In 1930, The Genetical Theory of Natural Selection was first published by Clarendon Press and is dedicated to Leonard Darwin. A core work of the neo-Darwinian modern evolutionary synthesis, it helped define population genetics, which Fisher founded alongside Sewall Wright and J. B. S. Haldane”.
The paper What was Fisher’s fundamental theorem of natural selection and what was it for? In Studies in History and Philosophy of Biological and Biomedical Sciences (Plutynski, 2006) is probably the best thoroughly researched single source on Fisher’s theorem says:
“Fisher (1918, 1922) proposed a new way of picturing populations of organisms…. Starting with this novel conception, Fisher, Haldane, and Wright developed models of the genetics of populations.”
“Moreover, this analogy allowed Fisher to vindicate Darwin’s theory of natural selection, not by empirical demonstration, but by a mathematical argument to the effect that evolution was not only possible, but also necessary” p.75.
The quotes above from Plutynski give some good perspective on Fisher’s different contributions. His 1918,1922 papers were foundational to population genetics. His 1930 GTNS book was an additional significant contribution to population genetics, and his FTNS was seen as vindicating Darwin’s theory, giving what was perceived as a rigorous argument that (Darwinian) evolution is necessary, given Mendelian genetics. The Plutynski paper is an insightful read, describing Fisher’s goals as follows:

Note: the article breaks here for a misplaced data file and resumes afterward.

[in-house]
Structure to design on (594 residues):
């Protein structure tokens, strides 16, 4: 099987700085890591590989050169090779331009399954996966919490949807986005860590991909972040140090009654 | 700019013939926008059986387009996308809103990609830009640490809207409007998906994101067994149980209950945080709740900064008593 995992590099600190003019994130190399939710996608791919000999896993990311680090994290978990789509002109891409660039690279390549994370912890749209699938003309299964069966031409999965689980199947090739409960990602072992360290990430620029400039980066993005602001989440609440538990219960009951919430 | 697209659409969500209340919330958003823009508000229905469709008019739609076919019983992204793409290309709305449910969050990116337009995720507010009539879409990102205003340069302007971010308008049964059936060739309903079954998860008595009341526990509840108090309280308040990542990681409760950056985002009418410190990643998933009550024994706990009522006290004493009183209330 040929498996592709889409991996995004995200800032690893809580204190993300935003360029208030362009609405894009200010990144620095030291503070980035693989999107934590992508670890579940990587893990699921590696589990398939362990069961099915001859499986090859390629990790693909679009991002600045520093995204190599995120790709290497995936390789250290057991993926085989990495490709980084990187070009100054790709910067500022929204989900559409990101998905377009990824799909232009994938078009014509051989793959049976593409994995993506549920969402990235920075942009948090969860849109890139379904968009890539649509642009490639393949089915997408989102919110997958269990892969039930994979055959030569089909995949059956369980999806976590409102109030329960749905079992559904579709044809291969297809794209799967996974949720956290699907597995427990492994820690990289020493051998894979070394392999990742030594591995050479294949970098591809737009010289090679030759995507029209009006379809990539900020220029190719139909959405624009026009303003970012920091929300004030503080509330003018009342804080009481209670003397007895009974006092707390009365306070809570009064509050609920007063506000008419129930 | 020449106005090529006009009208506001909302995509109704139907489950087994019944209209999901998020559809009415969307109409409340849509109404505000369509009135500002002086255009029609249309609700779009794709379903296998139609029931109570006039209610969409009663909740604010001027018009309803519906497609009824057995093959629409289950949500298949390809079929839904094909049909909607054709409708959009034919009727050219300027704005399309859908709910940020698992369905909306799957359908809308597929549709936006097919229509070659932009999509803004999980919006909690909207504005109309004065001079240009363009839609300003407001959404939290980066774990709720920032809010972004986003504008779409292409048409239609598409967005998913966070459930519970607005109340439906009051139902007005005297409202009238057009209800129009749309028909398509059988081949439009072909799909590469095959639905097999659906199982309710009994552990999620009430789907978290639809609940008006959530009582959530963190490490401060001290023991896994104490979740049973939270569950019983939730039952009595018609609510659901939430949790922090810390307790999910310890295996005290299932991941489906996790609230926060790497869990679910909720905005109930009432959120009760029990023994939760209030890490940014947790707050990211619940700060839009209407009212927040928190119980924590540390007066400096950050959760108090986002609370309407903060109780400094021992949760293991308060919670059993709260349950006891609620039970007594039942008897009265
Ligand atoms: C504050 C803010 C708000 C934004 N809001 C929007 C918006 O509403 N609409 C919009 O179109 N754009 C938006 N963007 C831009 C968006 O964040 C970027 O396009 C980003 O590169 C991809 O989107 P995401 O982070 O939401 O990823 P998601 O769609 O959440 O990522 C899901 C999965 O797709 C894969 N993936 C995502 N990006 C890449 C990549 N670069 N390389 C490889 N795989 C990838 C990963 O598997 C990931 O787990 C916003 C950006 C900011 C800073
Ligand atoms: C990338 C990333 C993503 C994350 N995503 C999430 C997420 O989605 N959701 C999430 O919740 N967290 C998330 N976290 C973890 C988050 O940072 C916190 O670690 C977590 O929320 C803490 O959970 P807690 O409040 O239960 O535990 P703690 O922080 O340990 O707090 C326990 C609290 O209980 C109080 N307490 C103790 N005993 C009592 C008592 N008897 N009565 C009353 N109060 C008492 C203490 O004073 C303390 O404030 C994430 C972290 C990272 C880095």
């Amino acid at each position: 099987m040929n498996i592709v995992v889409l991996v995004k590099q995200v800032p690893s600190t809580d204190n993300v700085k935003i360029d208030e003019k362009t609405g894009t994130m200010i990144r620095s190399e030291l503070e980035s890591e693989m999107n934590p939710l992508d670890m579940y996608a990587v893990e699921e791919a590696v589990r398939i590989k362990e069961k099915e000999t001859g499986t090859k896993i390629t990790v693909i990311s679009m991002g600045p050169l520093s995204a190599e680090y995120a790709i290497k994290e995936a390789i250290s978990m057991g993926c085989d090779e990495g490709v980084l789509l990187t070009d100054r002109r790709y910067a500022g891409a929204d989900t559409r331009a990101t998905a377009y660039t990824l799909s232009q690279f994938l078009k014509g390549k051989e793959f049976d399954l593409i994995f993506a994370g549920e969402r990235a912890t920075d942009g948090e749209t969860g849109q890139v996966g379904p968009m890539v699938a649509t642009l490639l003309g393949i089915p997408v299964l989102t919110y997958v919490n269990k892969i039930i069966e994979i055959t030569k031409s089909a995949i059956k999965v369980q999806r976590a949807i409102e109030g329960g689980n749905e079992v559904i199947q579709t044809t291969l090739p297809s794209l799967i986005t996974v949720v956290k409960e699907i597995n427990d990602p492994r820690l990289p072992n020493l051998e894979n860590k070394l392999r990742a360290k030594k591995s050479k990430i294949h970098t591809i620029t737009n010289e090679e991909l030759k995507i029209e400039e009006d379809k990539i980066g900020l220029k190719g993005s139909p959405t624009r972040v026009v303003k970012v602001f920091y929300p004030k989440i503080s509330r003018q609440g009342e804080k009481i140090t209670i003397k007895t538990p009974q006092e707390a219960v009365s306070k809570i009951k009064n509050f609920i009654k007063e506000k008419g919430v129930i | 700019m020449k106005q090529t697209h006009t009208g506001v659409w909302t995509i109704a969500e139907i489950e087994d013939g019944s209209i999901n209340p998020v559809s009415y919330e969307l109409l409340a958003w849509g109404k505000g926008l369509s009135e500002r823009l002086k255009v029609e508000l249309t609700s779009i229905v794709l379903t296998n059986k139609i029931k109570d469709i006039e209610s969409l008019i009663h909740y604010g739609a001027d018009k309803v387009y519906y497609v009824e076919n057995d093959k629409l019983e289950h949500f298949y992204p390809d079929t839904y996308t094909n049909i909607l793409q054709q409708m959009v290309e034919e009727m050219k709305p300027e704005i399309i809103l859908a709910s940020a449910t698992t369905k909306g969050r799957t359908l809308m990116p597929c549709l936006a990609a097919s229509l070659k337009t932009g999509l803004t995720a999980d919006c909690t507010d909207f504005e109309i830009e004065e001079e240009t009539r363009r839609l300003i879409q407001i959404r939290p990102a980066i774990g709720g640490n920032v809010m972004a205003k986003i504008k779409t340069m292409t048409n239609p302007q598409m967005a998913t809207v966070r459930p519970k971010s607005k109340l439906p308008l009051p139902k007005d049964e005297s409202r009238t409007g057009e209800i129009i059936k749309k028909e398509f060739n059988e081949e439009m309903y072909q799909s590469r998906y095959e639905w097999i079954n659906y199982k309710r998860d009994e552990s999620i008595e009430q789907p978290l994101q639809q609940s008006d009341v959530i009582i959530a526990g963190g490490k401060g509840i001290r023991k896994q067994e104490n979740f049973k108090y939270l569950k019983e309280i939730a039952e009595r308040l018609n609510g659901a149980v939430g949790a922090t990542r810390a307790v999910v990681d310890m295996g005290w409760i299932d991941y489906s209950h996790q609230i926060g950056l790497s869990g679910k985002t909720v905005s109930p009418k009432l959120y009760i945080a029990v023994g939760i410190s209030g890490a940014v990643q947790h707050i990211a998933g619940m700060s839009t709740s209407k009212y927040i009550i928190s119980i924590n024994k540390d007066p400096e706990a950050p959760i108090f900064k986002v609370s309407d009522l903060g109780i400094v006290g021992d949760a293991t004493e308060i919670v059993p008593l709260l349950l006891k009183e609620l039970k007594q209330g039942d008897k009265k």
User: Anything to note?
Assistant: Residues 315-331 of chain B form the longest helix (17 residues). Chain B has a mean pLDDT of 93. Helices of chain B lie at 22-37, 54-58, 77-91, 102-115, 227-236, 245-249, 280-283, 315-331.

“Fisher’s book, and the theorem in particular, is best understood as a continuation of his attempt to breach the divide between biometricians and Mendelians concerning the nature of heredity and the effectiveness of Darwinian selection. His motivation in almost all his work was to explain how it was possible to resolve this conflict, and to vindicate Darwinian selection as both a plausible and necessary cause of evolutionary change.”
“This is a book which, as a student, I weighed as of equal importance to the entire rest of my undergraduate BA course and, through the time I spent on it, I think it notched down my degree. Most chapters took me weeks, some months; … And little modified by molecular genetics, Fisher’s logic and ideas still underpin most of the ever broadening paths by which Darwinism continues its invasion of human thought. For a book that I rate only second in importance in evolution theory to Darwin’s ‘‘Origin’’ (this as joined with its supplement, ‘‘of Man’’), and also rate as undoubtedly one of the greatest books of the present century, the appearance of a variorum version is a major event. … By the time of my ultimate graduation, will I have understood all that is true in this book and will I get a First? I doubt it. In some ways some of us have overtaken Fisher; in many, however, this brilliant, daring man is still far in front.’” (Hamilton; dust-jacket of Fisher, 1930b).